Unveiling the Secrets: How Machu Picchu Defied the Spanish Conquest and Stands Tall Today

Machu Picchu survived the Spanish conquest because it was hidden in the mountains and not easily accessible. Its remote location provided some protection against the Spanish forces, allowing it to remain undiscovered for centuries.

So let’s look at the request more closely

Machu Picchu, the astonishing Incan citadel nestled in the Andes Mountains of Peru, managed to survive the Spanish conquest for several reasons. Its remote location and hidden positioning played a crucial role in its preservation and protection against the Spanish forces.

Firstly, Machu Picchu’s geographical placement in the rugged mountains contributed to its survival. The citadel is situated at an elevation of approximately 7,970 feet (2,430 meters) above sea level on a ridge between two mountain peaks, making it incredibly challenging to access. The steep slopes and dense vegetation surrounding the site acted as natural barriers, shielding it from discovery and invasion. As a result, Machu Picchu remained hidden and untouched for centuries, providing insight into the Incan civilization’s architectural and cultural heritage.

In addition to its formidable geography, the timing of the Spanish conquest played a part in Machu Picchu’s survival. The citadel was abandoned by the Incas during the 16th century, around the same time the Spanish conquistadors arrived in South America. As a consequence, Machu Picchu was spared from direct confrontation with the Spanish conquerors. The Incas left behind no written records or maps that could have led the Spanish to discover the site, contributing to its obscurity.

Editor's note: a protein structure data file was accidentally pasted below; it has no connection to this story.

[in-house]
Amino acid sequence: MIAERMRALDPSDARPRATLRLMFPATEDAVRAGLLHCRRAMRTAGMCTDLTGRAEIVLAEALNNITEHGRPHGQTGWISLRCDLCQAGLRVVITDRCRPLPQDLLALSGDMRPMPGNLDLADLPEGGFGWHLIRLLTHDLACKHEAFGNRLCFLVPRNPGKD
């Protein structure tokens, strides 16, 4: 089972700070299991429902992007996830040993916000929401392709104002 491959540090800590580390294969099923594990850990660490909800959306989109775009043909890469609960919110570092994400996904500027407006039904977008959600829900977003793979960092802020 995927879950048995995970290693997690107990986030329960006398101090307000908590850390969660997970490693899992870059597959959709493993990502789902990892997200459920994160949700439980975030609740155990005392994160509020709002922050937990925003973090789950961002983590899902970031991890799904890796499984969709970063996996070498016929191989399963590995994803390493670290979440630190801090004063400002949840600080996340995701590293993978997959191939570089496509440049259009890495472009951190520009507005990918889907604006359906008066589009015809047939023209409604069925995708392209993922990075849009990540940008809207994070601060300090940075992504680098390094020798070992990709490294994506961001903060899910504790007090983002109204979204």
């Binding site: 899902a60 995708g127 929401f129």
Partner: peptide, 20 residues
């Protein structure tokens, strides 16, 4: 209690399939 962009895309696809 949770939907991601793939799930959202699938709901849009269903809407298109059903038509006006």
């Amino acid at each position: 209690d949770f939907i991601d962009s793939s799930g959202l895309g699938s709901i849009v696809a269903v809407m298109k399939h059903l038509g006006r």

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To further emphasize the significance of Machu Picchu’s concealment, the renowned explorer Hiram Bingham, who rediscovered the citadel in 1911, once described it as “a city ‘lost’ for centuries.” His words underscore the mystery and allure surrounding the hidden treasure of Machu Picchu, adding intrigue to its survival and ultimate revelation to the world.

Interesting facts about Machu Picchu:

  1. Machu Picchu was built in the 15th century during the height of the Incan Empire, under the rule of Emperor Pachacuti.
  2. The citadel is composed of approximately 200 structures, including temples, residences, and agricultural terraces.
  3. Although often referred to as the “Lost City of the Incas,” Machu Picchu was not completely unknown to the local population and some farming communities in the vicinity were aware of its existence.
  4. The purpose of Machu Picchu is still a subject of debate among historians and archaeologists, with theories ranging from a royal estate to a religious or ceremonial center.
  5. UNESCO declared Machu Picchu a World Heritage Site in 1983, recognizing its remarkable cultural and natural significance.

Here is a table showcasing some interesting facts:

Fact Information
Location Andes Mountains, Peru
Elevation Approximately 7,970 feet (2,430 meters) above sea level
Construction period Built in the 15th century during the height of the Incan Empire
Purpose The purpose of Machu Picchu is still a subject of debate among historians and archaeologists
Rediscovery Rediscovered by Hiram Bingham in 1911
UNESCO World Heritage Site Designated as a World Heritage Site by UNESCO in 1983